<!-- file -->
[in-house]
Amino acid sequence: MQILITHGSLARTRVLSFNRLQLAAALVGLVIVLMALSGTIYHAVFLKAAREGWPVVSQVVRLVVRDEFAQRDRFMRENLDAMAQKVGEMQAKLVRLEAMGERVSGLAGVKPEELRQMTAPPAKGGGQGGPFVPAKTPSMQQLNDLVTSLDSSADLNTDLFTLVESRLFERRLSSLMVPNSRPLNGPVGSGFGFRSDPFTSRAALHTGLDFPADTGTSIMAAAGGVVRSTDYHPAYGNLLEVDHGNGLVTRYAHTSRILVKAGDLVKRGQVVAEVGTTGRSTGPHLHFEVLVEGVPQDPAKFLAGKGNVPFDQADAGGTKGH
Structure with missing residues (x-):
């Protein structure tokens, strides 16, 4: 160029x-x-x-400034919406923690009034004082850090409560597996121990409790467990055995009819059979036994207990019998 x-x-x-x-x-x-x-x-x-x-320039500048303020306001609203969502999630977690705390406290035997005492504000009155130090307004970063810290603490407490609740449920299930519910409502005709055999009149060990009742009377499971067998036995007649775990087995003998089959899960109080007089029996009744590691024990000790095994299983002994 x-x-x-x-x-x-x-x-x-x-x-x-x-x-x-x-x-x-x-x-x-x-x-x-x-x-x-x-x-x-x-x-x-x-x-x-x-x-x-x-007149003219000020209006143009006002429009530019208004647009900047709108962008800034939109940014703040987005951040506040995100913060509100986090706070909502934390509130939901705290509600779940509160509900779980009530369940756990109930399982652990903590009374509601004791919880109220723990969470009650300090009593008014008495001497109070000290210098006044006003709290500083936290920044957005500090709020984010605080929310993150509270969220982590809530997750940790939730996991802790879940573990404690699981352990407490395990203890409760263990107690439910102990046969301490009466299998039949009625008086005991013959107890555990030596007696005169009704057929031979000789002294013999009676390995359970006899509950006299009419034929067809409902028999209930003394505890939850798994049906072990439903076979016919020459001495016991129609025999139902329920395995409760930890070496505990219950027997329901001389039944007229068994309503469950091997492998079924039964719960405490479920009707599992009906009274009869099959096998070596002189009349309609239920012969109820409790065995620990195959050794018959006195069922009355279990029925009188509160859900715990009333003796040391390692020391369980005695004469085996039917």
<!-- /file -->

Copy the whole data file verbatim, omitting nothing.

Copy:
[in-house]
Amino acid sequence: MQILITHGSLARTRVLSFNRLQLAAALVGLVIVLMALSGTIYHAVFLKAAREGWPVVSQVVRLVVRDEFAQRDRFMRENLDAMAQKVGEMQAKLVRLEAMGERVSGLAGVKPEELRQMTAPPAKGGGQGGPFVPAKTPSMQQLNDLVTSLDSSADLNTDLFTLVESRLFERRLSSLMVPNSRPLNGPVGSGFGFRSDPFTSRAALHTGLDFPADTGTSIMAAAGGVVRSTDYHPAYGNLLEVDHGNGLVTRYAHTSRILVKAGDLVKRGQVVAEVGTTGRSTGPHLHFEVLVEGVPQDPAKFLAGKGNVPFDQADAGGTKGH
Structure with missing residues (x-):
């Protein structure tokens, strides 16, 4: 160029x-x-x-400034919406923690009034004082850090409560597996121990409790467990055995009819059979036994207990019998 x-x-x-x-x-x-x-x-x-x-320039500048303020306001609203969502999630977690705390406290035997005492504000009155130090307004970063810290603490407490609740449920299930519910409502005709055999009149060990009742009377499971067998036995007649775990087995003998089959899960109080007089029996009744590691024990000790095994299983002994 x-x-x-x-x-x-x-x-x-x-x-x-x-x-x-x-x-x-x-x-x-x-x-x-x-x-x-x-x-x-x-x-x-x-x-x-x-x-x-x-007149003219000020209006143009006002429009530019208004647009900047709108962008800034939109940014703040987005951040506040995100913060509100986090706070909502934390509130939901705290509600779940509160509900779980009530369940756990109930399982652990903590009374509601004791919880109220723990969470009650300090009593008014008495001497109070000290210098006044006003709290500083936290920044957005500090709020984010605080929310993150509270969220982590809530997750940790939730996991802790879940573990404690699981352990407490395990203890409760263990107690439910102990046969301490009466299998039949009625008086005991013959107890555990030596007696005169009704057929031979000789002294013999009676390995359970006899509950006299009419034929067809409902028999209930003394505890939850798994049906072990439903076979016919020459001495016991129609025999139902329920395995409760930890070496505990219950027997329901001389039944007229068994309503469950091997492998079924039964719960405490479920009707599992009906009274009869099959096998070596002189009349309609239920012969109820409790065995620990195959050794018959006195069922009355279990029925009188509160859900715990009333003796040391390692020391369980005695004469085996039917």